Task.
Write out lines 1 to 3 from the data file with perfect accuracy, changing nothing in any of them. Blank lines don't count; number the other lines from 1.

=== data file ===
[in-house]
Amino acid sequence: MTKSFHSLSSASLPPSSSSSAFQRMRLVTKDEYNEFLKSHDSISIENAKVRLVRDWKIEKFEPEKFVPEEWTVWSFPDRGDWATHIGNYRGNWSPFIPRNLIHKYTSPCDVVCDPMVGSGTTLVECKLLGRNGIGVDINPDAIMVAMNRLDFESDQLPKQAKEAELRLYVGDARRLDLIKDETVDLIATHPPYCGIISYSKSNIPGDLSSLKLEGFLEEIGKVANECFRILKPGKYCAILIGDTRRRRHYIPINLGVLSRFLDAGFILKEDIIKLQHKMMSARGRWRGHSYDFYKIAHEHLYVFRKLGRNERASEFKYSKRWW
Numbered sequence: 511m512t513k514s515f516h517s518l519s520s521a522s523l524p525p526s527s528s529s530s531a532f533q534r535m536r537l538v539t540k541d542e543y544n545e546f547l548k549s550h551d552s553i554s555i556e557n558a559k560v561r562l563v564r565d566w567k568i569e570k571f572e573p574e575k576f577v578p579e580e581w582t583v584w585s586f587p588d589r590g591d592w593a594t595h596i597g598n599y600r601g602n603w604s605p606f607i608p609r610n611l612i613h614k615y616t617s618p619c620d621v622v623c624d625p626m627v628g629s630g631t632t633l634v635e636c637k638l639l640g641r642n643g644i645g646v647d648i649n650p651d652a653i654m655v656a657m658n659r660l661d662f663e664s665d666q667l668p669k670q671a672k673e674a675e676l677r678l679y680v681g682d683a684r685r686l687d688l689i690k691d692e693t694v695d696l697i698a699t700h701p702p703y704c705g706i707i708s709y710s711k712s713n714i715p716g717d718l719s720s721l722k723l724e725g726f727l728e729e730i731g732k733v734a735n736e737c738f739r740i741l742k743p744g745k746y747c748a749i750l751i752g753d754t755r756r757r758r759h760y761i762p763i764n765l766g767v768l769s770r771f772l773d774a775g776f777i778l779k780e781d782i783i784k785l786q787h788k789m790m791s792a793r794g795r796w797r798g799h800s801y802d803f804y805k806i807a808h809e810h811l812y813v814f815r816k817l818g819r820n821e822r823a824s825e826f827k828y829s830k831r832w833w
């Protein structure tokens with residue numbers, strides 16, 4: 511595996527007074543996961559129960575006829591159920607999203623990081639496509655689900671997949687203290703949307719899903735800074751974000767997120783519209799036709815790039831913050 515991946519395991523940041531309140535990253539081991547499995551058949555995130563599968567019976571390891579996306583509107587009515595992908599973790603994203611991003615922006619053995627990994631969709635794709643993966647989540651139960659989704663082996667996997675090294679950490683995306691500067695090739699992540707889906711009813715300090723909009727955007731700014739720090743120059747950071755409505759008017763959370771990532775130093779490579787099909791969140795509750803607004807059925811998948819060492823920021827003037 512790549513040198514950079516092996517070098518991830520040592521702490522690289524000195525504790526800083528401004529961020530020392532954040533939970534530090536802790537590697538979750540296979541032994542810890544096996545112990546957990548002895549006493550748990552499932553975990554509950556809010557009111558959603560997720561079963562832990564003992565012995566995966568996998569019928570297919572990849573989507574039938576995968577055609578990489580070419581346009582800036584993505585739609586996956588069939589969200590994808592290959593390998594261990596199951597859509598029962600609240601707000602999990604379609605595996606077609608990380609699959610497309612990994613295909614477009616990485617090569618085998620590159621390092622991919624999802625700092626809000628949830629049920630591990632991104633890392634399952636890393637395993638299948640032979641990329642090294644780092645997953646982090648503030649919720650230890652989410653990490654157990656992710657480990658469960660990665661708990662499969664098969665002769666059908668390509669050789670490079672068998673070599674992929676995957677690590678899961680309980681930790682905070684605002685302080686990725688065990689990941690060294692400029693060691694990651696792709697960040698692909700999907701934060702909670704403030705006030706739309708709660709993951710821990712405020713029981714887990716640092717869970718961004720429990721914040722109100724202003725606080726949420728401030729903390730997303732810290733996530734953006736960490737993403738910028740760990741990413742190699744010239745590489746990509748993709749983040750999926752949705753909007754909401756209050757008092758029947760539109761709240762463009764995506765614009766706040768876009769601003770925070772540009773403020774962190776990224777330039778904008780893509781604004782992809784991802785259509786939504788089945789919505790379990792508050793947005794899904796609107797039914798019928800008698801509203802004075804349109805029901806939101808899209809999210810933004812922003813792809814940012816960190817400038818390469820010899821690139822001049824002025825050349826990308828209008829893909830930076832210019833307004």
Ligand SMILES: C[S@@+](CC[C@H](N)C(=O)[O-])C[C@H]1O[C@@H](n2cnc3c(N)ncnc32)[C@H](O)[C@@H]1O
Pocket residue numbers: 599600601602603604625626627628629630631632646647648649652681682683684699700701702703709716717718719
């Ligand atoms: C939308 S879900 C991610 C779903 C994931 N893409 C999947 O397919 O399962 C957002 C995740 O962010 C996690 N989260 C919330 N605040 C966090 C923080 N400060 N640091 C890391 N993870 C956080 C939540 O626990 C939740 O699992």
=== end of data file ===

[in-house]
Amino acid sequence: MTKSFHSLSSASLPPSSSSSAFQRMRLVTKDEYNEFLKSHDSISIENAKVRLVRDWKIEKFEPEKFVPEEWTVWSFPDRGDWATHIGNYRGNWSPFIPRNLIHKYTSPCDVVCDPMVGSGTTLVECKLLGRNGIGVDINPDAIMVAMNRLDFESDQLPKQAKEAELRLYVGDARRLDLIKDETVDLIATHPPYCGIISYSKSNIPGDLSSLKLEGFLEEIGKVANECFRILKPGKYCAILIGDTRRRRHYIPINLGVLSRFLDAGFILKEDIIKLQHKMMSARGRWRGHSYDFYKIAHEHLYVFRKLGRNERASEFKYSKRWW
Numbered sequence: 511m512t513k514s515f516h517s518l519s520s521a522s523l524p525p526s527s528s529s530s531a532f533q534r535m536r537l538v539t540k541d542e543y544n545e546f547l548k549s550h551d552s553i554s555i556e557n558a559k560v561r562l563v564r565d566w567k568i569e570k571f572e573p574e575k576f577v578p579e580e581w582t583v584w585s586f587p588d589r590g591d592w593a594t595h596i597g598n599y600r601g602n603w604s605p606f607i608p609r610n611l612i613h614k615y616t617s618p619c620d621v622v623c624d625p626m627v628g629s630g631t632t633l634v635e636c637k638l639l640g641r642n643g644i645g646v647d648i649n650p651d652a653i654m655v656a657m658n659r660l661d662f663e664s665d666q667l668p669k670q671a672k673e674a675e676l677r678l679y680v681g682d683a684r685r686l687d688l689i690k691d692e693t694v695d696l697i698a699t700h701p702p703y704c705g706i707i708s709y710s711k712s713n714i715p716g717d718l719s720s721l722k723l724e725g726f727l728e729e730i731g732k733v734a735n736e737c738f739r740i741l742k743p744g745k746y747c748a749i750l751i752g753d754t755r756r757r758r759h760y761i762p763i764n765l766g767v768l769s770r771f772l773d774a775g776f777i778l779k780e781d782i783i784k785l786q787h788k789m790m791s792a793r794g795r796w797r798g799h800s801y802d803f804y805k806i807a808h809e810h811l812y813v814f815r816k817l818g819r820n821e822r823a824s825e826f827k828y829s830k831r832w833w